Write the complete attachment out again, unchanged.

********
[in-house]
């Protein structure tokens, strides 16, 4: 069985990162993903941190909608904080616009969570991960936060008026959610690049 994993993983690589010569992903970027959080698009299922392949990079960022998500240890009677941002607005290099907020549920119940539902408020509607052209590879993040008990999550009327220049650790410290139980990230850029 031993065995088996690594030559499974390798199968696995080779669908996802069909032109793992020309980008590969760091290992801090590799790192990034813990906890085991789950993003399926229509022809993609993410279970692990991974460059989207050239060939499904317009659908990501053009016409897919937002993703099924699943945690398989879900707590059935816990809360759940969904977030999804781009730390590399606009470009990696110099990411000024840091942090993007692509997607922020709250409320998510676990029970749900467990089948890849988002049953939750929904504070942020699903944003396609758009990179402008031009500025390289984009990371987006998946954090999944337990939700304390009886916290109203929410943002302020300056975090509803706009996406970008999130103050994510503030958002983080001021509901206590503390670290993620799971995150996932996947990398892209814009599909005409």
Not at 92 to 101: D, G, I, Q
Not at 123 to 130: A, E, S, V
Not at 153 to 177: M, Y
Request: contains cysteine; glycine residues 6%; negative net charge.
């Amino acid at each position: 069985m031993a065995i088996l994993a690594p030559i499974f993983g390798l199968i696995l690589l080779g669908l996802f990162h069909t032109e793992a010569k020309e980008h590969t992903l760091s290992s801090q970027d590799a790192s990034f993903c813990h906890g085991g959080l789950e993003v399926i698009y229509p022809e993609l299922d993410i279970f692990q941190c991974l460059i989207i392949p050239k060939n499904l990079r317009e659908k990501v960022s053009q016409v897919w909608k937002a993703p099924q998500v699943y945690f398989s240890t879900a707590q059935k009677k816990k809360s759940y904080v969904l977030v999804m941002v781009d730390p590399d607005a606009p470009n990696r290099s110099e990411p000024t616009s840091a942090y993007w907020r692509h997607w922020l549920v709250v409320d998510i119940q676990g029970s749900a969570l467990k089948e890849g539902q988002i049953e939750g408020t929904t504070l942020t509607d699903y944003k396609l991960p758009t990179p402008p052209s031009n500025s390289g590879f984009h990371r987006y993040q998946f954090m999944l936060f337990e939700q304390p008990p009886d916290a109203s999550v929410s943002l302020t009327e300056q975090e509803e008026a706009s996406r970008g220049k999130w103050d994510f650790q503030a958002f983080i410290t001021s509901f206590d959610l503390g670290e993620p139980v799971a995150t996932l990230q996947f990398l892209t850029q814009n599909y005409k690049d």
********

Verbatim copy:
[in-house]
């Protein structure tokens, strides 16, 4: 069985990162993903941190909608904080616009969570991960936060008026959610690049 994993993983690589010569992903970027959080698009299922392949990079960022998500240890009677941002607005290099907020549920119940539902408020509607052209590879993040008990999550009327220049650790410290139980990230850029 031993065995088996690594030559499974390798199968696995080779669908996802069909032109793992020309980008590969760091290992801090590799790192990034813990906890085991789950993003399926229509022809993609993410279970692990991974460059989207050239060939499904317009659908990501053009016409897919937002993703099924699943945690398989879900707590059935816990809360759940969904977030999804781009730390590399606009470009990696110099990411000024840091942090993007692509997607922020709250409320998510676990029970749900467990089948890849988002049953939750929904504070942020699903944003396609758009990179402008031009500025390289984009990371987006998946954090999944337990939700304390009886916290109203929410943002302020300056975090509803706009996406970008999130103050994510503030958002983080001021509901206590503390670290993620799971995150996932996947990398892209814009599909005409």
Not at 92 to 101: D, G, I, Q
Not at 123 to 130: A, E, S, V
Not at 153 to 177: M, Y
Request: contains cysteine; glycine residues 6%; negative net charge.
């Amino acid at each position: 069985m031993a065995i088996l994993a690594p030559i499974f993983g390798l199968i696995l690589l080779g669908l996802f990162h069909t032109e793992a010569k020309e980008h590969t992903l760091s290992s801090q970027d590799a790192s990034f993903c813990h906890g085991g959080l789950e993003v399926i698009y229509p022809e993609l299922d993410i279970f692990q941190c991974l460059i989207i392949p050239k060939n499904l990079r317009e659908k990501v960022s053009q016409v897919w909608k937002a993703p099924q998500v699943y945690f398989s240890t879900a707590q059935k009677k816990k809360s759940y904080v969904l977030v999804m941002v781009d730390p590399d607005a606009p470009n990696r290099s110099e990411p000024t616009s840091a942090y993007w907020r692509h997607w922020l549920v709250v409320d998510i119940q676990g029970s749900a969570l467990k089948e890849g539902q988002i049953e939750g408020t929904t504070l942020t509607d699903y944003k396609l991960p758009t990179p402008p052209s031009n500025s390289g590879f984009h990371r987006y993040q998946f954090m999944l936060f337990e939700q304390p008990p009886d916290a109203s999550v929410s943002l302020t009327e300056q975090e509803e008026a706009s996406r970008g220049k999130w103050d994510f650790q503030a958002f983080i410290t001021s509901f206590d959610l503390g670290e993620p139980v799971a995150t996932l990230q996947f990398l892209t850029q814009n599909y005409k690049d």